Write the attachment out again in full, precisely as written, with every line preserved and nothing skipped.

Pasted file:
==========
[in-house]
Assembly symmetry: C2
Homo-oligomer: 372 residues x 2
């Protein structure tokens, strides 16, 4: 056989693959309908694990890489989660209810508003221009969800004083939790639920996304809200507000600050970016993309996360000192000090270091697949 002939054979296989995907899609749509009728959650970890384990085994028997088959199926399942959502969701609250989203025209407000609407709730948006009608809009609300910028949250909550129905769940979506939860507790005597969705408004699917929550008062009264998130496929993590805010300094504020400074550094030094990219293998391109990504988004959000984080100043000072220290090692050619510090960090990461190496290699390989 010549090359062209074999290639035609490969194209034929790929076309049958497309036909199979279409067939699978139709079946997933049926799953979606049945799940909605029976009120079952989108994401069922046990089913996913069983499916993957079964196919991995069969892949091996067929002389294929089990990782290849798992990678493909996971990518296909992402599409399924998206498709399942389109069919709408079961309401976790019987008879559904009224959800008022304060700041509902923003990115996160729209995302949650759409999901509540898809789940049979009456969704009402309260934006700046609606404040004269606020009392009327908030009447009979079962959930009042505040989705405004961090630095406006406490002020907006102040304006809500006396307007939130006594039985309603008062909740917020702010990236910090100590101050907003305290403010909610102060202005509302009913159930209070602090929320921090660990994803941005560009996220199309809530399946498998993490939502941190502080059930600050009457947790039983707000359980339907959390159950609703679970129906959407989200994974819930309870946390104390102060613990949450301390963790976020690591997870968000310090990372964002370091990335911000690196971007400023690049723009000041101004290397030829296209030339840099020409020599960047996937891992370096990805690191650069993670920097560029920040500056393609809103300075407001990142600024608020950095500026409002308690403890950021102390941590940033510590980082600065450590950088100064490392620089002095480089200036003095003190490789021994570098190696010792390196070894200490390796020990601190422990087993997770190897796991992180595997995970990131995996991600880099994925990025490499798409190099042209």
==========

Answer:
[in-house]
Assembly symmetry: C2
Homo-oligomer: 372 residues x 2
């Protein structure tokens, strides 16, 4: 056989693959309908694990890489989660209810508003221009969800004083939790639920996304809200507000600050970016993309996360000192000090270091697949 002939054979296989995907899609749509009728959650970890384990085994028997088959199926399942959502969701609250989203025209407000609407709730948006009608809009609300910028949250909550129905769940979506939860507790005597969705408004699917929550008062009264998130496929993590805010300094504020400074550094030094990219293998391109990504988004959000984080100043000072220290090692050619510090960090990461190496290699390989 010549090359062209074999290639035609490969194209034929790929076309049958497309036909199979279409067939699978139709079946997933049926799953979606049945799940909605029976009120079952989108994401069922046990089913996913069983499916993957079964196919991995069969892949091996067929002389294929089990990782290849798992990678493909996971990518296909992402599409399924998206498709399942389109069919709408079961309401976790019987008879559904009224959800008022304060700041509902923003990115996160729209995302949650759409999901509540898809789940049979009456969704009402309260934006700046609606404040004269606020009392009327908030009447009979079962959930009042505040989705405004961090630095406006406490002020907006102040304006809500006396307007939130006594039985309603008062909740917020702010990236910090100590101050907003305290403010909610102060202005509302009913159930209070602090929320921090660990994803941005560009996220199309809530399946498998993490939502941190502080059930600050009457947790039983707000359980339907959390159950609703679970129906959407989200994974819930309870946390104390102060613990949450301390963790976020690591997870968000310090990372964002370091990335911000690196971007400023690049723009000041101004290397030829296209030339840099020409020599960047996937891992370096990805690191650069993670920097560029920040500056393609809103300075407001990142600024608020950095500026409002308690403890950021102390941590940033510590980082600065450590950088100064490392620089002095480089200036003095003190490789021994570098190696010792390196070894200490390796020990601190422990087993997770190897796991992180595997995970990131995996991600880099994925990025490499798409190099042209």